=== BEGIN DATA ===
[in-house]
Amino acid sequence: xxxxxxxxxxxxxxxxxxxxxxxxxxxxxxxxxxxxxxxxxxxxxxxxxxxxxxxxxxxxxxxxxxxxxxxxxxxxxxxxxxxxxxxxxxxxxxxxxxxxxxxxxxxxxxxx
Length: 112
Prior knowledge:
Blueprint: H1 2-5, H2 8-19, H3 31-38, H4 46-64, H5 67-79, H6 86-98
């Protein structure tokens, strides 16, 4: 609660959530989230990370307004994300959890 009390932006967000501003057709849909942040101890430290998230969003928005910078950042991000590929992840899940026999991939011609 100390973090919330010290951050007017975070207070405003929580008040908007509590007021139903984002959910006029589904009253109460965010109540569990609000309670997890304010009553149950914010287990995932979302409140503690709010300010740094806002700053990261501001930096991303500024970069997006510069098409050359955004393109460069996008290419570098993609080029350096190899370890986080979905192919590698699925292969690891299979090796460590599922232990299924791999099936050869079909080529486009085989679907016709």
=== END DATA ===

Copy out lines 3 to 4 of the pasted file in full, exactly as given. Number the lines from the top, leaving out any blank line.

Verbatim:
Length: 112
Prior knowledge: